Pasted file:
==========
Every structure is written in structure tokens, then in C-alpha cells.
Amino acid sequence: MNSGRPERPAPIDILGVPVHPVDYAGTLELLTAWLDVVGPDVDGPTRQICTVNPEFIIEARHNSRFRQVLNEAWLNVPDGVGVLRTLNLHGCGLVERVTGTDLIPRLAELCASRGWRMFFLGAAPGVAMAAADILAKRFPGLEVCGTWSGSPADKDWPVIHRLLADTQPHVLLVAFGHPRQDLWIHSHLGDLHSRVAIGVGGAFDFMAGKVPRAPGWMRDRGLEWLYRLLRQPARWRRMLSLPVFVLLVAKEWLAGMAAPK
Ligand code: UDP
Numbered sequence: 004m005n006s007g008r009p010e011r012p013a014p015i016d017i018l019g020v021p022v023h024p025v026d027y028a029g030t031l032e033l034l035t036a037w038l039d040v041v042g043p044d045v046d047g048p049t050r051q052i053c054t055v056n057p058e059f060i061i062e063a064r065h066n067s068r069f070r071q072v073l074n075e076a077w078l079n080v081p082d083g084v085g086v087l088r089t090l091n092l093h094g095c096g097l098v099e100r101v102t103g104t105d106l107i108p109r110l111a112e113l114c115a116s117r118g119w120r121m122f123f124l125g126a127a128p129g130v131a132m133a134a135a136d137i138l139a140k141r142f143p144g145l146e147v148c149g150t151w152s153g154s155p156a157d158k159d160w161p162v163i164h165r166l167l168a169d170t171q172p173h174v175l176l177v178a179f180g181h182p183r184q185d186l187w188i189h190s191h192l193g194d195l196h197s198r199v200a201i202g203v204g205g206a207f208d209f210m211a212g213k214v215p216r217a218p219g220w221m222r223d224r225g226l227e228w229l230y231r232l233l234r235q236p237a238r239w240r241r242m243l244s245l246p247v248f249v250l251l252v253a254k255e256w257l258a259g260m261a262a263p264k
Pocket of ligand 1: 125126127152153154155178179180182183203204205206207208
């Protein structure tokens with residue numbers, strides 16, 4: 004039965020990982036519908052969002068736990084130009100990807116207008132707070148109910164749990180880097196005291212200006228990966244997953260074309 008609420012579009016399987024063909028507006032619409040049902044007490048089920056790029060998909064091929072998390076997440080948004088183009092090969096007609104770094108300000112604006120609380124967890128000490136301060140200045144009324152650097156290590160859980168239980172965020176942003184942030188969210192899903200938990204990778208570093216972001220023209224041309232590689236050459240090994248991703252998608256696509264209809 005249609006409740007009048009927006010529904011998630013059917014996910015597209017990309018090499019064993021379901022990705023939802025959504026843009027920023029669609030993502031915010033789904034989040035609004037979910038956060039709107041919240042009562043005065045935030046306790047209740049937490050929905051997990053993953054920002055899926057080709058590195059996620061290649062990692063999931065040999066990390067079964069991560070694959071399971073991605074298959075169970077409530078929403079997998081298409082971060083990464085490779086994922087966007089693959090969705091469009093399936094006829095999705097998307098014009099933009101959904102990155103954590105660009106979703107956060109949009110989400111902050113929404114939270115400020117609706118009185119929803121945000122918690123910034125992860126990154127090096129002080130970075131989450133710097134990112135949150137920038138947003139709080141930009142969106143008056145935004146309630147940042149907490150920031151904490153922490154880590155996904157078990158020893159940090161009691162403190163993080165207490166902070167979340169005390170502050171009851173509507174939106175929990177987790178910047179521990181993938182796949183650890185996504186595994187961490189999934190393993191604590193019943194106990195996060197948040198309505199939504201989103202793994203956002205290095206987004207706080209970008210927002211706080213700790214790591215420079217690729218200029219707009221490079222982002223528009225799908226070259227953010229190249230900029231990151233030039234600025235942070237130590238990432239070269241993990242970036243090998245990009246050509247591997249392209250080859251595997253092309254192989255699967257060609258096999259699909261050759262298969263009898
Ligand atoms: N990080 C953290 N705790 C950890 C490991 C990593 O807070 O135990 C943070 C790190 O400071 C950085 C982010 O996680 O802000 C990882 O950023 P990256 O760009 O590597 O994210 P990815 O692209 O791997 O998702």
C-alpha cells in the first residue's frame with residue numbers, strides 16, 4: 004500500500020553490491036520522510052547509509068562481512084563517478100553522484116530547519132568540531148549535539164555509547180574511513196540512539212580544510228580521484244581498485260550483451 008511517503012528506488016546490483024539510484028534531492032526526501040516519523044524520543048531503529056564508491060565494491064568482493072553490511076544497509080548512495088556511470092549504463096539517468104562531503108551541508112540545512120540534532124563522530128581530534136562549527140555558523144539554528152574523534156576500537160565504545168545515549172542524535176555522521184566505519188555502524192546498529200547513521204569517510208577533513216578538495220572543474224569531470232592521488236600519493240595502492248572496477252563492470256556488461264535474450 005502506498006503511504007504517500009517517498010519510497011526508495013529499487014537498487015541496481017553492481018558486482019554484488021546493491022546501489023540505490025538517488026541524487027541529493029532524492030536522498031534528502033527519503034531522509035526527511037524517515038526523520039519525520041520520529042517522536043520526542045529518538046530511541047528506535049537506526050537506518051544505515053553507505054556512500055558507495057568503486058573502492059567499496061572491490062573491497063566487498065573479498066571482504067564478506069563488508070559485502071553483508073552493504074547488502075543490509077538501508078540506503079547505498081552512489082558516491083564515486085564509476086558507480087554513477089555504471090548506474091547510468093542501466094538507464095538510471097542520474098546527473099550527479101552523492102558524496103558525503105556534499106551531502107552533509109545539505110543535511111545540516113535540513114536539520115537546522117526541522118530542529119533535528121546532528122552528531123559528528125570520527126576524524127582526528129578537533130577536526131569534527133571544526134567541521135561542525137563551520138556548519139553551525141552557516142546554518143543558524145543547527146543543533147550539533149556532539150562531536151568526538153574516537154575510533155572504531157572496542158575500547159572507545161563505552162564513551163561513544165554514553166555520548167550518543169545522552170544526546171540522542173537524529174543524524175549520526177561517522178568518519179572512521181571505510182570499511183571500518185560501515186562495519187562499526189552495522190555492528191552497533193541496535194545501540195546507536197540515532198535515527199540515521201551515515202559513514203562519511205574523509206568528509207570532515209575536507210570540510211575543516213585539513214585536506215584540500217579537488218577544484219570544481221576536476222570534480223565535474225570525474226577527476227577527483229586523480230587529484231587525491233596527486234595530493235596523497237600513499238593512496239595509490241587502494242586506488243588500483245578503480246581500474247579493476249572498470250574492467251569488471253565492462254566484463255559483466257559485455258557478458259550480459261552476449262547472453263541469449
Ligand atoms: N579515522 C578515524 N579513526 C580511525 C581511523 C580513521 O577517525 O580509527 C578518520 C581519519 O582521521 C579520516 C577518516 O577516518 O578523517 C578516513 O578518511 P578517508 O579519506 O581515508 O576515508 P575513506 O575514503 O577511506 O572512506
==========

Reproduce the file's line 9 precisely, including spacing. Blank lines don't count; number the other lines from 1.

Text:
Ligand atoms: N579515522 C578515524 N579513526 C580511525 C581511523 C580513521 O577517525 O580509527 C578518520 C581519519 O582521521 C579520516 C577518516 O577516518 O578523517 C578516513 O578518511 P578517508 O579519506 O581515508 O576515508 P575513506 O575514503 O577511506 O572512506